Genre: traditional metal / US power metal / hard rock
As far as I understand, Essenza started out a melodic hard rock band with blues rock tendencies - and this style is featured on their two first albums Suggestioni (2000) and Contrasto (2002). However, their third album Devil's Breath documents a radical change in the musical direction of Essenza: not did they start singing in English, but they also took up a much heavier and aggressive style.
"Devil's Breath" was released in 2009 on the indie label BigMud Records, but is still being promoted, so a review here towards the end of 2011 is definitely not out of place. There are no traces left of the blues rock tendencies of the early Essenza releases, and, while there are still some hard rock elements of Devil's Breath and Flying Acrobats - most strongly present in the motorcycle-friendly 'Rock 'n' Roll Blood' - the overall style of the album is all out heavy metal music, which often ventures into US Power metal territory and also contains a couple of more thrashy moves. Tracks like 'Devil's Breath', '(Universe) in a Box', and 'Edge of a Collapsed World' have the heaviness and attitude associated with US Power metal, and this also applies, to some extent, to 'Deep Into your Eyes', which is more of a melodic metal track though full of heaviness and groove, while 'Dance of Liars' is more of a Maiden-inspired twin-guitar attack song with some power metal leanings. Like 'Deep into your Eyes', 'Fighting the Wind' is heavy and melodic, but also seems to draw on alternative metal.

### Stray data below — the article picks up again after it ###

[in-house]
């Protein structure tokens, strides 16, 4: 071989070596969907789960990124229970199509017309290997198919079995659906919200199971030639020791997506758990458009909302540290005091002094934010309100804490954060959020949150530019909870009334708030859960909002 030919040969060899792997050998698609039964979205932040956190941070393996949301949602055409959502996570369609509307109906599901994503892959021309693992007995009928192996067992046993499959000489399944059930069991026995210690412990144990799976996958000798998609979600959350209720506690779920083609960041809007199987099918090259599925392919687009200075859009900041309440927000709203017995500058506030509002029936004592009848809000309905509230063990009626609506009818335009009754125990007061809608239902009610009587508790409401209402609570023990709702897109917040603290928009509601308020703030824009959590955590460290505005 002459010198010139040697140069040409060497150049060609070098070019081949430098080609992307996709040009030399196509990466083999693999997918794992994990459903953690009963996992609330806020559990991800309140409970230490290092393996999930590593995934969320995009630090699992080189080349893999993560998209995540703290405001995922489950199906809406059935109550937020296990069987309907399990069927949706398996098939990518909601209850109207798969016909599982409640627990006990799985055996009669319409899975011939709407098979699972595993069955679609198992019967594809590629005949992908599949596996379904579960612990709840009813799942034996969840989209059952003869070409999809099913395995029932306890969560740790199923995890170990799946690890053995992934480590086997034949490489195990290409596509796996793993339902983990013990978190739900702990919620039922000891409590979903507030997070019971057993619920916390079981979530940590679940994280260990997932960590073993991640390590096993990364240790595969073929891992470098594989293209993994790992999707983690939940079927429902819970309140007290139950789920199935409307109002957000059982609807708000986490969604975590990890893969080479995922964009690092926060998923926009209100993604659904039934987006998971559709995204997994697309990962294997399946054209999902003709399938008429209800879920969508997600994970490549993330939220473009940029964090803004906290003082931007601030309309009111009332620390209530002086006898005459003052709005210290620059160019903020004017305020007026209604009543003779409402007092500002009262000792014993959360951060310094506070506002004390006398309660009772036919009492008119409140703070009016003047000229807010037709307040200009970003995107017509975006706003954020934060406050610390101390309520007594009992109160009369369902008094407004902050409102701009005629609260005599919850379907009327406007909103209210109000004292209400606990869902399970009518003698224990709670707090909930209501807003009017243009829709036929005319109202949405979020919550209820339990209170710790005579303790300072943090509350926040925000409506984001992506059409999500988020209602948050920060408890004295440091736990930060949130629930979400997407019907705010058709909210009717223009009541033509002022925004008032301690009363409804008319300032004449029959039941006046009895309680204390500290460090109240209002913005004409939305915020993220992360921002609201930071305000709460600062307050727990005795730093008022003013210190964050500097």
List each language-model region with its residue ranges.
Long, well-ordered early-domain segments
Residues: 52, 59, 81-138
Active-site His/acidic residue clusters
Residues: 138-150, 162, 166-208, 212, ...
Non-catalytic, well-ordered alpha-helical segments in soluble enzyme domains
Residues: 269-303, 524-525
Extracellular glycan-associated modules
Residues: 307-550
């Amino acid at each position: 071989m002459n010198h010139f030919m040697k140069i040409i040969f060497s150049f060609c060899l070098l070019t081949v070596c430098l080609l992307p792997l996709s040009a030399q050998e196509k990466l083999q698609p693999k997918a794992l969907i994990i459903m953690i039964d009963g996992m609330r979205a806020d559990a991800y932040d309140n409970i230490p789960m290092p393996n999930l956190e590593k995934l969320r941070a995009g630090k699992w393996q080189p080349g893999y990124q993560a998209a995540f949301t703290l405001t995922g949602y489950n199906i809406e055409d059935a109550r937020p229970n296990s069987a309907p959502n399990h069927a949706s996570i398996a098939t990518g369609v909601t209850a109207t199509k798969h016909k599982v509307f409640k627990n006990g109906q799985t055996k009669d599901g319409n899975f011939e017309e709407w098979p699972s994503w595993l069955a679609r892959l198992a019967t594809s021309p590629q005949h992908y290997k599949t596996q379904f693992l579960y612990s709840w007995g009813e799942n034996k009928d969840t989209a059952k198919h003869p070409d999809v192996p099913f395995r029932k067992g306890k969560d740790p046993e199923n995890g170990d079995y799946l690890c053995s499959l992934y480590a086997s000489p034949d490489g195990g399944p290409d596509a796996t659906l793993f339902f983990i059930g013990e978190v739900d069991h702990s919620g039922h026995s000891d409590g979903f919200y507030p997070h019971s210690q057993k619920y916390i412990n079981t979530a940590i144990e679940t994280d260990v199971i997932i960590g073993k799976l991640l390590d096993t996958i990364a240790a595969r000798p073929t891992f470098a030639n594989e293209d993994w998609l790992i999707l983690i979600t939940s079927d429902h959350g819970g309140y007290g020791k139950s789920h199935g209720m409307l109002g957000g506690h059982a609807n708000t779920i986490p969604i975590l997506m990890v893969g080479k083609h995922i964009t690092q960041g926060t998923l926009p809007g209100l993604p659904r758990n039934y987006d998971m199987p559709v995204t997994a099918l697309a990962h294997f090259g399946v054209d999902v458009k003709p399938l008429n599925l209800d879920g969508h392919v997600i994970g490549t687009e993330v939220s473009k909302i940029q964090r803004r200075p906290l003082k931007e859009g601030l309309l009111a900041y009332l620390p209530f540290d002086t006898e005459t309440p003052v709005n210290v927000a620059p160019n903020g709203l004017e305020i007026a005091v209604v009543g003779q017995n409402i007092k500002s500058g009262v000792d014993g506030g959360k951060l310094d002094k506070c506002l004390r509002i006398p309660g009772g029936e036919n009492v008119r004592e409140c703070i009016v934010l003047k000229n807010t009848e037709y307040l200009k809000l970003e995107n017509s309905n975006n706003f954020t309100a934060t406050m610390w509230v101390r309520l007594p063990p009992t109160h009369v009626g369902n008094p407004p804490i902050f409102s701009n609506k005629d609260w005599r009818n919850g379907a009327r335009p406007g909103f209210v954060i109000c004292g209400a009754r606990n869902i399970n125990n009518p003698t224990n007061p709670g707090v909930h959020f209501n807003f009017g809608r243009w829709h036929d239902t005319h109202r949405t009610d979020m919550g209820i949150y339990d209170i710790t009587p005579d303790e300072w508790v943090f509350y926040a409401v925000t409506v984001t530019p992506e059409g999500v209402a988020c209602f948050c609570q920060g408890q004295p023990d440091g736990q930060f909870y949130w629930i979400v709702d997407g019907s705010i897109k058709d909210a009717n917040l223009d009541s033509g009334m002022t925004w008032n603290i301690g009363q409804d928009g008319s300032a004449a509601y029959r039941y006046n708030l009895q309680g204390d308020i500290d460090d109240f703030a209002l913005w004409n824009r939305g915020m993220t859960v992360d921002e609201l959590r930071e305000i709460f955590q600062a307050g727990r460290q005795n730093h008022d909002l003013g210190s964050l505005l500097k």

I would say that musically, this is a quite good album. It has heaviness and power, but also melody, and I quite like the way that hard rock and US power metal elements are juxtaposed. Productionwise, the sound is quite unpolished and organic - at places even raw -, and normally, I do not have a problem with that, but I think that in this particular case, the album suffers a bit from the production (it's not unlistenable or anything like that, and I am sure that many listeners will appreciate the authenticity of the production, though). Also, Carlo G. Rizzello's nasal vocals are not the most powerful vocals in the world (I can imagine Essenza would benefit from a vocalist with a more Dio-esque voice) - I suspect that this type of singing is quite popular in Italy (I mean, just take Eros Ramazzotti as an example), but international listeners might have to make an effort getting used to it. Rizzello also is responsible for the guitars, with which he does a brilliant job, and perhaps being a power trio is more important for Essenza than being a power metal band.
In all "Devil's Breath" is a solid heavy metal effort and which its drawing on US power metal, hard rock, traditional metal and a bit of thrash metal, it definitely makes for a varied listen, and, despite the production issues, it is definitely an album that is worth many listens.
(review originally released on seaoftranquility.org)